No improvement seen compared with placebo in children with asthma and low vitamin D levels
TUESDAY, Aug. 25, 2020 (HealthDay News) — Vitamin D3 supplementation does not prolong the time to severe asthma exacerbation among children with persistent asthma and low vitamin D levels, according to a study published in the Aug. 25 issue of the Journal of the American Medical Association.
Erick Forno, M.D., M.P.H., from the University of Pittsburgh, and colleagues randomly assigned high-risk children with asthma (aged 6 to 16 years) taking low-dose inhaled corticosteroids and with serum 25-hydroxyvitamin D levels less than 30 ng/mL to either 4,000 IU/day vitamin D3 or placebo (96 children in each group) and maintenance with fluticasone propionate. The time to a severe asthma exacerbation was examined as the primary outcome.
The researchers found that 37.5 and 34.4 percent of participants in the vitamin D3 and placebo groups, respectively, had one or more severe exacerbations. Vitamin D3 supplementation did not significantly improve the time to a severe exacerbation compared with placebo, with a mean time to exacerbation of 240 and 253 days in the vitamin D3 and placebo groups, respectively. Compared with placebo, vitamin D3 supplementation did not significantly improve the time to a viral-induced severe exacerbation, the proportion of participants whose dose of inhaled corticosteroid was reduced, or the cumulative fluticasone dose.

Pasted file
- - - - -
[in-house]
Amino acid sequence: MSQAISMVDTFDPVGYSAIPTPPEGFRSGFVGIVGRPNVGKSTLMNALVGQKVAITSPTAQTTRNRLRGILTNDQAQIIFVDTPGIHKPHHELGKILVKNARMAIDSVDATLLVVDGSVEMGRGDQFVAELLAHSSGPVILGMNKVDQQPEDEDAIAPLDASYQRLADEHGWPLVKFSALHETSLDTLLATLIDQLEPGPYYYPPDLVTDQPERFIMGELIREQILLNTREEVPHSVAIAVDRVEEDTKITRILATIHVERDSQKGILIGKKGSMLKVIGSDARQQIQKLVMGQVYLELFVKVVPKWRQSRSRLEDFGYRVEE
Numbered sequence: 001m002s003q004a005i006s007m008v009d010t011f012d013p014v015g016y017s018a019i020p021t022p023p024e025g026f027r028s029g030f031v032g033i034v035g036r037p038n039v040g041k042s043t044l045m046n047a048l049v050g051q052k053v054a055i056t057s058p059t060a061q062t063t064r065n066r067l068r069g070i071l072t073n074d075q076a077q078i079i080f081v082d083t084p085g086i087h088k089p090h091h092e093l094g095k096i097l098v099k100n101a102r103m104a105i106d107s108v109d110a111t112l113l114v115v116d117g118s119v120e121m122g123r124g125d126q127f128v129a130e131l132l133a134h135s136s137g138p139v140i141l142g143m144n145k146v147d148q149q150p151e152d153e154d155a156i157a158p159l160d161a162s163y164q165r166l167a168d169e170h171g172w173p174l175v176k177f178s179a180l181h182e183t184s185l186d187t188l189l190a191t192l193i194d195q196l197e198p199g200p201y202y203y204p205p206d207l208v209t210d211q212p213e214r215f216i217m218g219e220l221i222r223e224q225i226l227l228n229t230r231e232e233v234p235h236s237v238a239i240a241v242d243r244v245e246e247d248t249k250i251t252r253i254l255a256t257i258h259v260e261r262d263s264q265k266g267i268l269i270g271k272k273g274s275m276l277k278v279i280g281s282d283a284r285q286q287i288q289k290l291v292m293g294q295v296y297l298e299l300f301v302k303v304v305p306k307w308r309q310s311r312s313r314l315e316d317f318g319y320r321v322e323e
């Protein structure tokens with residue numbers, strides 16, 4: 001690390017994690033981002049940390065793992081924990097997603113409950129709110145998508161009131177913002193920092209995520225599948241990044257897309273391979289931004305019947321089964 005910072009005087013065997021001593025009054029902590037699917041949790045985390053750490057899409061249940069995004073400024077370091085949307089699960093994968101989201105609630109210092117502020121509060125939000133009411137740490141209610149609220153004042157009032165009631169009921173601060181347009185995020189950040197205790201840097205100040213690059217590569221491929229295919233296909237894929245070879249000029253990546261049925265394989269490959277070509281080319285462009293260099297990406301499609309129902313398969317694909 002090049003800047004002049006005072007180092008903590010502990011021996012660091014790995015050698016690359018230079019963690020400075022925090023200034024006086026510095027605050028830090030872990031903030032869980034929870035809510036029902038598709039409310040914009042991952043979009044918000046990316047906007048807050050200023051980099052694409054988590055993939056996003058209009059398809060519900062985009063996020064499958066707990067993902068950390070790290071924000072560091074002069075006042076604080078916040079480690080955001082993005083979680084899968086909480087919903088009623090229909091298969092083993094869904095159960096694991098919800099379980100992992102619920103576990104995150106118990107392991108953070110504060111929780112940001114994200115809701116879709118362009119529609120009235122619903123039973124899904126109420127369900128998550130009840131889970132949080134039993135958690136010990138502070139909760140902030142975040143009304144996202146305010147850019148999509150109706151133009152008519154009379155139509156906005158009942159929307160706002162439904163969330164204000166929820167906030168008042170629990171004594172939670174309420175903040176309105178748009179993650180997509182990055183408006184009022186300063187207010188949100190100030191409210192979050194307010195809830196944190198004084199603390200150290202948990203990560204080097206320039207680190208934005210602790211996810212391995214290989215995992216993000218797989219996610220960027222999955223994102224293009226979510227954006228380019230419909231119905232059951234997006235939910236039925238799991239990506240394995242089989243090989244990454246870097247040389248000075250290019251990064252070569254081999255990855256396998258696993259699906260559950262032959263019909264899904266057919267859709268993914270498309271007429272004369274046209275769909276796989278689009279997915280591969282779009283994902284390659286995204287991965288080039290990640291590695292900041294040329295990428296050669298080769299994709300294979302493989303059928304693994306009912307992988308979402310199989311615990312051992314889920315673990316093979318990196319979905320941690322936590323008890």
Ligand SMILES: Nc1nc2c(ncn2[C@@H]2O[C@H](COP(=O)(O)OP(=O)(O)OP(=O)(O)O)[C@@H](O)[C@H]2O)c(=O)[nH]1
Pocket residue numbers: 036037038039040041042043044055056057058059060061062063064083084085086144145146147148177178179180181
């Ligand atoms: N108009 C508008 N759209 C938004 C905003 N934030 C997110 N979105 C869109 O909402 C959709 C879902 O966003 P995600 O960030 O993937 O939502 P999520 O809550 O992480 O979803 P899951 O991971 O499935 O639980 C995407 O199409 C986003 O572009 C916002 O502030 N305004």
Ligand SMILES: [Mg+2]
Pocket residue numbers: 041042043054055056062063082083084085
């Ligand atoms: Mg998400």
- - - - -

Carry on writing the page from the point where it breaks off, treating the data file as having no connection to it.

“Vitamin D3 supplementation did not lead to a significant improvement in the time to a severe asthma exacerbation,” the authors write. “Moreover, vitamin D3 supplementation had no significant beneficial effects on any of the trial’s secondary end points.”
Several authors disclosed financial ties to the biopharmaceutical industry; Pharmavite provided the vitamin D and placebo capsules, and GlaxoSmithKline provided the Flovent.
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